With all of this data, advanced software will be able to detect when to brake automatically, and warnings such as speed limits can be detected and displayed upon AR dashboards or center consoles. While the possibilities are endless, new front-facing cameras will make the roads an unbelievably safer place.
Another innovation that will soon be available in cars is quite an unusual one. Current cars have all sorts of airbags: Up front, under the seat, for the knees, and even those that deploy from the sides. Currently, researchers at Mercedes are attempting to create a different type of airbag.
Present-day airbags are a passive safety measure, meaning they come into play after the crash. Mercedes is attempting to create an active-safety system that can prevent the crash altogether. Using the aforementioned front-camera system, Mercedes' new airbags will deploy when a crash is deemed inevitable and will deploy under the vehicle. In doing so, friction is created that brings the car to a halt.
Night vision presents yet another use for front-facing cameras. Every driver, at some point in their lives, has experienced fear of accidentally hit something they couldn’t see, be it a deer or a person, while driving at night. With night-vision capabilities, this will no longer be an issue.
Acura first presented this technology in 2000, but it didn't take off 19 years ago and has come a long way since then. Front-facing cameras will be able to display a night-vision video feed on the center console of the vehicle. It will detect animals, people, and simple hazards on the road.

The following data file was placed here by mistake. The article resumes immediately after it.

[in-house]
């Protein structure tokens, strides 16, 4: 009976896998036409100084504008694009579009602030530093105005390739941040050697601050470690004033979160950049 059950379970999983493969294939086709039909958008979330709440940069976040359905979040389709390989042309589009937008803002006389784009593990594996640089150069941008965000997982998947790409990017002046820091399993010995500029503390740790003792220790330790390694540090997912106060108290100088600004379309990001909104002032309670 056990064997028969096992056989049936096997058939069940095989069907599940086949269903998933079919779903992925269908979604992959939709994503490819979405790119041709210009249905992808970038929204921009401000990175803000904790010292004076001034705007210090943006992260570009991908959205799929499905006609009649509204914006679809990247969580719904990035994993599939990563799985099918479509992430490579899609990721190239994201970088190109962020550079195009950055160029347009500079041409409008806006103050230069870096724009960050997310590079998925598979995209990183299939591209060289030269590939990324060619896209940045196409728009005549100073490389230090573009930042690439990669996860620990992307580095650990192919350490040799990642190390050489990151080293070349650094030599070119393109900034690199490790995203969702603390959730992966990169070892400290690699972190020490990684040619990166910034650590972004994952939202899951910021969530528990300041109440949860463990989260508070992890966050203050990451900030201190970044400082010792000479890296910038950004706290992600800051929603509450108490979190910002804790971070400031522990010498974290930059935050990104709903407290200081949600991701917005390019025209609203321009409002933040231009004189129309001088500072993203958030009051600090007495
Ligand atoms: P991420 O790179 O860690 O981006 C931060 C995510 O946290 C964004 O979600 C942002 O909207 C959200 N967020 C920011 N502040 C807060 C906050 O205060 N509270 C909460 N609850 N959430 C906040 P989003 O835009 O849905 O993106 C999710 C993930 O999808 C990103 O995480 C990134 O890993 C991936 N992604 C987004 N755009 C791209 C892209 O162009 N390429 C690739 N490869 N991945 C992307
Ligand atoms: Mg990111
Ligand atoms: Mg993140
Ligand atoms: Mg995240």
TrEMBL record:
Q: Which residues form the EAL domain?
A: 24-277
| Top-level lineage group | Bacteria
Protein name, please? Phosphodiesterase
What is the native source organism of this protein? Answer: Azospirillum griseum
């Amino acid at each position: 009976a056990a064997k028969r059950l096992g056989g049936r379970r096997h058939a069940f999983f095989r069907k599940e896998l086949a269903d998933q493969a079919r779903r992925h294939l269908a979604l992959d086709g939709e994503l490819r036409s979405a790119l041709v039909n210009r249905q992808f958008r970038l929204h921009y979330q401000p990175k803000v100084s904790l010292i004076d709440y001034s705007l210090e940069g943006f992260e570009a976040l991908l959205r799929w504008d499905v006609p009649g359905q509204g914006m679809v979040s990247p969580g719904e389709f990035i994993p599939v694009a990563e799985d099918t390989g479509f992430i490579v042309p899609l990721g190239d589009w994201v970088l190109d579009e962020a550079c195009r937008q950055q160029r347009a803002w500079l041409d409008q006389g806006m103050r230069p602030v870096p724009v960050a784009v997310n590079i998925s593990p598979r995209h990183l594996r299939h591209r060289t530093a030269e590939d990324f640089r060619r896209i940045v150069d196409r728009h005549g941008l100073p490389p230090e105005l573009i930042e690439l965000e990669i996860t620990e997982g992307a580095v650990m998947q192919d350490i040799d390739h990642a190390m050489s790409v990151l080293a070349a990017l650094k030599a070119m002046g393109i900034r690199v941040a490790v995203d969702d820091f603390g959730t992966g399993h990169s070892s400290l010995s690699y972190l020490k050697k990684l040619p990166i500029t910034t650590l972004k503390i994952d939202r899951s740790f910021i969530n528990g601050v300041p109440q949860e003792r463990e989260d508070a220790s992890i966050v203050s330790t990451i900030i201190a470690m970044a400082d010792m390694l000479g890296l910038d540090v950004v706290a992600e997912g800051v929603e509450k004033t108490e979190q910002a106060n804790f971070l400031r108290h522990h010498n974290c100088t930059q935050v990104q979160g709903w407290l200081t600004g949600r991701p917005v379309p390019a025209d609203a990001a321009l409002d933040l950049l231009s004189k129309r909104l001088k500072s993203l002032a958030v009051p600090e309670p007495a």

Cruise control is one of the most used and helpful tools in any vehicle, yet it is one of the most dangerous aspects of driving. The chances of getting distracted for just a few seconds on the highway while on cruise control, and running into the person in front of you, are monumentally high.
For this reason, a new kind of cruise control called adaptive cruise control is in the works. Adaptive cruise control will take input from cameras on the vehicle and then decide when to lower the speed of the car when approaching too close to a vehicle in front. This new technology will allow you to drive in peace and with minimal effort.
According to a report by Exxon Mobil, in the year 2040, 50 percent of all automobiles produced will be hybrids. While this is ecstatic news for conservationists and environmentalists, it poses the question, where are the batteries to go? Car batteries are extremely huge and extremely heavy.
In electric cars such as Tesla's, they can be stored underneath the vehicle, but cannot in hybrids. For this reason, engineers are working on redesigning the body panels for every hybrid vehicle. These futuristic body panels will be able to replace batteries and store the energy of their own. They can gain energy by being charged up, or even by absorbing the force created when a car is braked.
Last but not least, the most significant innovation coming to the automobile industry will undoubtedly be the self-driving car. An autonomous vehicle capable of driving you to and fro while also being cheaper than a car today. Reports suggest self-driving cars won't even have a steering wheel due to their reliability and safe driving habits.
Additionally, self-driving cars will help lower maintenance costs and will save users a ton on insurance. While it may seem like a futuristic idea, self-driving cars are a real thing today, they just are not available on the market. In states such as California and Florida, companies such as Google and Uber have begun testing prototypes and have seen significant success.